Rate this post
July 20, 2021 @ 08:15 +03:00
The clear up has barely begun after extensive flooding in Germany and beyond but already the costs — both human and economic — are staggering, and there are likely to be political repercussions too. Flooding caused by heavy rains and overflowing rivers has devastated towns across western Germany and Belgium, as well in as Austria, parts of the Netherlands, Switzerland and Luxembourg. The flood risk remains high for some regions after more rainfall at the weekend.
In Germany alone, where flooding has affected the regions of North Rhine-Westphalia and Rhineland Palatinate in particular, more than 150 people have been reported dead, news agency Deutsche Welle reported Monday, and there are more fatalities across Europe as well as hundreds of people still missing.
The extreme weather leading to the floods has been attributed to climate change by politicians, while the German Meteorological Service stated on Twitter that “with global warming, weather extremes are becoming more violent and arguably more frequent.” It added that the extreme weather in Germany was part of a trend, “even if one has to check in each individual case whether and, if so, what part of climate change has already played a part.”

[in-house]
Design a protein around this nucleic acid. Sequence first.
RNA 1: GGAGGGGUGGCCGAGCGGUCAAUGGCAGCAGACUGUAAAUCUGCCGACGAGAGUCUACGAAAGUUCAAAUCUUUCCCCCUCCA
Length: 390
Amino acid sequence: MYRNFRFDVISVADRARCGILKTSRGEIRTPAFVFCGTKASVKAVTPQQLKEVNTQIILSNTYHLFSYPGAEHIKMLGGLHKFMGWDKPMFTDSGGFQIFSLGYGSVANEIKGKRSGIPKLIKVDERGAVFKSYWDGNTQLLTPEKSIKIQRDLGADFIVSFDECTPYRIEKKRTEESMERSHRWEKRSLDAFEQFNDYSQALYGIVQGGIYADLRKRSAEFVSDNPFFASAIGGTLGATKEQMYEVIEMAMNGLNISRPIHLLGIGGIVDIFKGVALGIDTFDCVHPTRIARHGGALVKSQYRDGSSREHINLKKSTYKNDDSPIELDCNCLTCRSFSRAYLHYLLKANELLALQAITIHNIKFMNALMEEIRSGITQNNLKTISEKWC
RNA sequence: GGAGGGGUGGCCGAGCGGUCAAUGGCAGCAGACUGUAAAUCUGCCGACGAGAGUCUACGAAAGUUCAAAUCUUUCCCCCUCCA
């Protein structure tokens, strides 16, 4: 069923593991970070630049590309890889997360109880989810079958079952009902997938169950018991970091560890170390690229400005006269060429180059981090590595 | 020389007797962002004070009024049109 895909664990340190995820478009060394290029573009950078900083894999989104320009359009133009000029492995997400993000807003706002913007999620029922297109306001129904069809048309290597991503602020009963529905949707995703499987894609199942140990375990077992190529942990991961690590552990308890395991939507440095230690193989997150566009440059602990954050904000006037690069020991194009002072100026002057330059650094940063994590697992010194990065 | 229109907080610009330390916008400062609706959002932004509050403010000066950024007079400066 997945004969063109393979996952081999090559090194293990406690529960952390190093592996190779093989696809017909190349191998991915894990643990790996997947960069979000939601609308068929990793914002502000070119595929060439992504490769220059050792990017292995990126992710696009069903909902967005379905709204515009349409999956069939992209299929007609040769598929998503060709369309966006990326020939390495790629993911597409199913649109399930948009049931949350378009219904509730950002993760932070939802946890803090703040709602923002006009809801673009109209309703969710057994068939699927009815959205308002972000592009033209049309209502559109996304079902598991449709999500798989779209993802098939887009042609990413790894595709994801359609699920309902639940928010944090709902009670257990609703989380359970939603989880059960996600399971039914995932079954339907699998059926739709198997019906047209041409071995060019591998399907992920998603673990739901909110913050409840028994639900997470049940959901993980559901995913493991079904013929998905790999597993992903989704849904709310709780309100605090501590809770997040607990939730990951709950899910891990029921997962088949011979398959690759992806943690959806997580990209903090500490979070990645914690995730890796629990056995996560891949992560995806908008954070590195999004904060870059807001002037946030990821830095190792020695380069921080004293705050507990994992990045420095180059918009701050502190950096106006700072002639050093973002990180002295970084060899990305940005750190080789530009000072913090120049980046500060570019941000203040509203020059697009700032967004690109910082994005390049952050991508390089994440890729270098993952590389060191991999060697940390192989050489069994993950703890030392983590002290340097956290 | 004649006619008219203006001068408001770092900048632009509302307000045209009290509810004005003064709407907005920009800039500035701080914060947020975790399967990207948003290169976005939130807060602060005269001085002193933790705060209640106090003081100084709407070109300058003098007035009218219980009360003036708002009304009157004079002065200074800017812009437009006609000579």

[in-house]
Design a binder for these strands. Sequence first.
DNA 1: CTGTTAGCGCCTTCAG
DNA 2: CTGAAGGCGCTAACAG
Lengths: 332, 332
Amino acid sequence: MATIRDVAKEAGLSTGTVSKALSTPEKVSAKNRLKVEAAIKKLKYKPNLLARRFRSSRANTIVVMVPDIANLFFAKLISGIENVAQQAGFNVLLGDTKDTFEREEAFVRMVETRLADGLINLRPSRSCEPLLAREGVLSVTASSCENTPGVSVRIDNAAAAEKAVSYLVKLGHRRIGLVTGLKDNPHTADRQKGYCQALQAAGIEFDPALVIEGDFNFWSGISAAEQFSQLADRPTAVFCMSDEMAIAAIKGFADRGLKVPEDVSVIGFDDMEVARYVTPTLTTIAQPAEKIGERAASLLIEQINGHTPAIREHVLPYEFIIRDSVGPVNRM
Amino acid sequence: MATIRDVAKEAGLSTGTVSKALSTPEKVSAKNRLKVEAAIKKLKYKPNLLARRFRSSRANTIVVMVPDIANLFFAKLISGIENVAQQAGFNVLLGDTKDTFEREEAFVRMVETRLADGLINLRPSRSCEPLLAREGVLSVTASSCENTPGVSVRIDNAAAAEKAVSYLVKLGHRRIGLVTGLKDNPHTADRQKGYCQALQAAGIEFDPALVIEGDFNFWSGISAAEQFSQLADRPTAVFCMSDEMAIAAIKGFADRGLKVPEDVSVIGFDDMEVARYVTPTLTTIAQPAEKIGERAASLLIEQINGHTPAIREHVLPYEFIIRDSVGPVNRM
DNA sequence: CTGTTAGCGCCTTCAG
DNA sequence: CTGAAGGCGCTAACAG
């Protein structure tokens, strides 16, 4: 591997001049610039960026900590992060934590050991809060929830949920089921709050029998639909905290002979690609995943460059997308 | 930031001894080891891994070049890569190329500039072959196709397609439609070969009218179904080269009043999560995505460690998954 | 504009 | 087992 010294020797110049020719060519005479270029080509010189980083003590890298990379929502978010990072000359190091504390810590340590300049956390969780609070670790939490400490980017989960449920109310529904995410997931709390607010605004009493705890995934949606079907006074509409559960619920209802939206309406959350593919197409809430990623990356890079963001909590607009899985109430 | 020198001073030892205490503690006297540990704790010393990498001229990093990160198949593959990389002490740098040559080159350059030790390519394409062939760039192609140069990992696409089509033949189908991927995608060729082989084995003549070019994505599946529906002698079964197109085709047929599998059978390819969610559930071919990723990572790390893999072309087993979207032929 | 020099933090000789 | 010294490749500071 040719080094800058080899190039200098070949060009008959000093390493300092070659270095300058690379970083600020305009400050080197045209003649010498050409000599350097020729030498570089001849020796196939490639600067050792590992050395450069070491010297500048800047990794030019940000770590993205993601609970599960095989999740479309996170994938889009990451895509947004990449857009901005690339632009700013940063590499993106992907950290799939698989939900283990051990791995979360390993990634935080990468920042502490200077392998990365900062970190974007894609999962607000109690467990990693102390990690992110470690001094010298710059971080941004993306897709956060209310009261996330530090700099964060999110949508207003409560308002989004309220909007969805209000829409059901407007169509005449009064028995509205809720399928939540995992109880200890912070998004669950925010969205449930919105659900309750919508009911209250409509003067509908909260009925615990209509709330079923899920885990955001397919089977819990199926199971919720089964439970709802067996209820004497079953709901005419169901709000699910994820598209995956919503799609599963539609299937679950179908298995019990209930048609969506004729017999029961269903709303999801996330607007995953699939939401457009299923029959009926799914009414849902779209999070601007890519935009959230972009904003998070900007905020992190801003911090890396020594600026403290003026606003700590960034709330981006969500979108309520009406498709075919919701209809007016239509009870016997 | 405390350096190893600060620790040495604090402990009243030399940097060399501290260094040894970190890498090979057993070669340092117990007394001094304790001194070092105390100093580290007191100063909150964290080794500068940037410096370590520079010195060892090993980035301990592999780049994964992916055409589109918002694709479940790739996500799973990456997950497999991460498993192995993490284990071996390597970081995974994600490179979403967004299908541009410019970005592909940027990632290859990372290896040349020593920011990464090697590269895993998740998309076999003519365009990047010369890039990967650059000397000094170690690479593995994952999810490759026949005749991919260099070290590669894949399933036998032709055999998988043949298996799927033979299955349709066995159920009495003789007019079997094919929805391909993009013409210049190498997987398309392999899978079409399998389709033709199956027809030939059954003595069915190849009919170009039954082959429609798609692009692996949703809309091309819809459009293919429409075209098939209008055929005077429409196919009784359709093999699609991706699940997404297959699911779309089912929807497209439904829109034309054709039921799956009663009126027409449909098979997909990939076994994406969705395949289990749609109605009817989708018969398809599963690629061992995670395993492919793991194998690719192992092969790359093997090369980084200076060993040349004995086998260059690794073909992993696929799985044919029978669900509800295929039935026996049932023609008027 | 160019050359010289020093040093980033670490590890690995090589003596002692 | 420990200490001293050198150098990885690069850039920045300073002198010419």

Assessing the economic and political impact of the floods with September’s federal election just two months away, Carsten Brzeski, global head of Macro at ING, said “it will still take some time to fully measure the full impact of the devastating floods.” The flooding could even impact the chances of the ruling CDU party’s chancellor candidate after Armin Lachet (the minister-president of North Rhine-Westphalia) was spotted laughing in the background of a press conference about the German victims of the floods.
Germany mourns after devastating floods which could be a political game-changer, CNBC, Jul 20